With the 102-million-pixel GFX100, Fujifilm has made the most practical ultra-high-resolution camera yet. Andy Westlake explores what this means.
Fujifilm GFX100 – Verdict
It’s easy for us to get blasé about all the new cameras that pass through the AP office. While they’re constantly improving, they don’t often bring something completely new to the table. However, just occasionally one comes along that offers a step-change in capability, and the GFX100 is a perfect example. It completely redefines what’s possible in a sub-£10,000 camera.
It’s not just the jaw-dropping image quality that matters here, although the resolution and dynamic range are unparalleled for a camera of this size or price. It’s also the ease with which you can take full advantage of that astonishing sensor. Shooting with the GFX100 and getting high-quality 102MP files is really no more difficult than using one of Fujifilm’s APS-C X-system models.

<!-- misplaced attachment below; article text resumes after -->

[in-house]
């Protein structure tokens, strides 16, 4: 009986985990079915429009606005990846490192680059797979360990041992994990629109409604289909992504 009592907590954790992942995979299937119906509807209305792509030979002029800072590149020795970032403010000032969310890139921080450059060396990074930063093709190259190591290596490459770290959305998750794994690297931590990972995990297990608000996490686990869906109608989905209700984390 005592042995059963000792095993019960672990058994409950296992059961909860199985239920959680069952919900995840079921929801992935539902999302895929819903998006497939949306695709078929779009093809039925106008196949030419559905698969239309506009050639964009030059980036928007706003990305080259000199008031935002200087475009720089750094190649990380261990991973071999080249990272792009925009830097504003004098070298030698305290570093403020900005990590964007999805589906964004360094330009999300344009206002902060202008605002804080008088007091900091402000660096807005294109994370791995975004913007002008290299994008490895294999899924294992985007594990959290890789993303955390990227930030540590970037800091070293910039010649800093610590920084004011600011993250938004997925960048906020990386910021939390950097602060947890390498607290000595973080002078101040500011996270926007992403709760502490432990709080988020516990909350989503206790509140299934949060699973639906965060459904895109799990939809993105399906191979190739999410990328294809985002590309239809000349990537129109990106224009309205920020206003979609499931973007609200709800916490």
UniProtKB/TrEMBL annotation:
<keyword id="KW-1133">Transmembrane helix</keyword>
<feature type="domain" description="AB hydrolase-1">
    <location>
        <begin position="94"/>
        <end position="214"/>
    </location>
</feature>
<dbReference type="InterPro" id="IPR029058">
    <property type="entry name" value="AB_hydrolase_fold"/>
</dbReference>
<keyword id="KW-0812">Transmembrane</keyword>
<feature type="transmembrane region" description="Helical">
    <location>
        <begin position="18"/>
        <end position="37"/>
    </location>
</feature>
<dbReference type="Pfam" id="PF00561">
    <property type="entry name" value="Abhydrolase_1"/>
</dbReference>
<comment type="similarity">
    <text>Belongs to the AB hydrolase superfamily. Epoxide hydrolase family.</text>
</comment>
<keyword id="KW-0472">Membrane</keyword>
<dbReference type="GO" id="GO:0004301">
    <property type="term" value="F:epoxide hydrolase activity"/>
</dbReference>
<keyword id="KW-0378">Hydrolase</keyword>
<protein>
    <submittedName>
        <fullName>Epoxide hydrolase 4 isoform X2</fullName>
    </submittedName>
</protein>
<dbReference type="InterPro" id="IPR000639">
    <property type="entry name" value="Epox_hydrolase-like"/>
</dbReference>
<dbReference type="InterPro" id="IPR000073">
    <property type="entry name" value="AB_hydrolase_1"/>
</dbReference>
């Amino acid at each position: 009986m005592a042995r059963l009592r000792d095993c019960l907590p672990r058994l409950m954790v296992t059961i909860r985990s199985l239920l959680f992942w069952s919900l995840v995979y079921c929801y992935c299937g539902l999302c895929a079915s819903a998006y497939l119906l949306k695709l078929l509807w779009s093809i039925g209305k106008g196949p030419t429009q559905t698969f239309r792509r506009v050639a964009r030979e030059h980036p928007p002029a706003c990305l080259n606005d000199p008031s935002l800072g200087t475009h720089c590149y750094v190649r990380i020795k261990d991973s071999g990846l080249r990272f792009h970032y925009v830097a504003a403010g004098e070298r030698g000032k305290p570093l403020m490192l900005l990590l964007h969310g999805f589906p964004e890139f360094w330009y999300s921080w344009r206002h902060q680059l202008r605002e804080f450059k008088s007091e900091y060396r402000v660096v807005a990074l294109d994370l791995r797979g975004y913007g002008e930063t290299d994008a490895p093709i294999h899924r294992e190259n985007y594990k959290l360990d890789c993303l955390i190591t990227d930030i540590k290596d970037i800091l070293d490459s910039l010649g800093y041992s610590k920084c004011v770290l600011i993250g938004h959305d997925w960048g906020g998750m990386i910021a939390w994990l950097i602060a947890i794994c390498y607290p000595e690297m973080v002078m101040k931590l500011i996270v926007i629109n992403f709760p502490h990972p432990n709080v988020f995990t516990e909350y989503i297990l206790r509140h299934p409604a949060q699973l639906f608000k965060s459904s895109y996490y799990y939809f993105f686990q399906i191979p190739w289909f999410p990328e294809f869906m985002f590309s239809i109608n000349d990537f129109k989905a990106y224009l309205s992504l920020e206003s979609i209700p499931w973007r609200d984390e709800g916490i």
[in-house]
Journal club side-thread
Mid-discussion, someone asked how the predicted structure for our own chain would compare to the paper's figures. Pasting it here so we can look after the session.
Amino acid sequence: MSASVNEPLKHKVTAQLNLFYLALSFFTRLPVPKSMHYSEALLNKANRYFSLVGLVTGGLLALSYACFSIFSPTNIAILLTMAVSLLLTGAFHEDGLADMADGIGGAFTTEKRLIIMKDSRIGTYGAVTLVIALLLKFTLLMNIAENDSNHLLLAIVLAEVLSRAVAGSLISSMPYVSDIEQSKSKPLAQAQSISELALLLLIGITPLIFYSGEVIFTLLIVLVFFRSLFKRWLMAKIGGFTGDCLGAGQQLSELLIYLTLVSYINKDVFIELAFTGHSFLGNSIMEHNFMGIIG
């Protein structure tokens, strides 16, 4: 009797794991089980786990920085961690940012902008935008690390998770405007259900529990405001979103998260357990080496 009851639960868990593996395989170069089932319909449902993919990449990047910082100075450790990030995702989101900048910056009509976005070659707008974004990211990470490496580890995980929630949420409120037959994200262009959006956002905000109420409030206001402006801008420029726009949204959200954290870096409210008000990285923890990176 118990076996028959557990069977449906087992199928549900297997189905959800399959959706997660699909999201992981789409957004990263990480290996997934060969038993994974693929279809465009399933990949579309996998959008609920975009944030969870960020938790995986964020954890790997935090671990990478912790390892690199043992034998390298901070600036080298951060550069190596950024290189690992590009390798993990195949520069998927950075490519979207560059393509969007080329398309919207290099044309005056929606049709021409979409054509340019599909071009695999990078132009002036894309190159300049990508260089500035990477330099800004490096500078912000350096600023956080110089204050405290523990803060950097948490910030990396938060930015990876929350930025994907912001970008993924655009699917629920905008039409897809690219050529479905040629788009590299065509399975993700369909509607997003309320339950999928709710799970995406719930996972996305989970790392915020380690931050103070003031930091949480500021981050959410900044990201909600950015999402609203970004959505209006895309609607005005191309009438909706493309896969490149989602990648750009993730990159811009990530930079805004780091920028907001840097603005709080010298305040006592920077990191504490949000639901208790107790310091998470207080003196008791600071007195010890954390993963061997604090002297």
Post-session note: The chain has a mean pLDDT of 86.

Indeed where ultra-high-resolution medium format was once the preserve of the studio, the GFX100 is perfectly home on location. It’s not excessively large or heavy and is easy to shoot hand-held, while the autofocus is strikingly quicker than the current GFX 50R and 50S models. Landscape photographers should find it perfectly realistic to trek a couple of miles carrying the body and two or three lenses in a backpack.
The camera’s biggest drawbacks relate to handling, and specifically the tiny controls, mismatched grip layouts and uncomfortable portrait grip, which fall well short of what we’d expect from a £10,000 professional model. But these flaws become more forgivable when you look at the extraordinary output. This is a niche camera for sure, but for photographers craving the maximum possible detail without sacrificing mobility, it’s an absolute revelation.
An astonishing technical achievement and the best ultra-high resolution camera yet, but let down by some handling flaws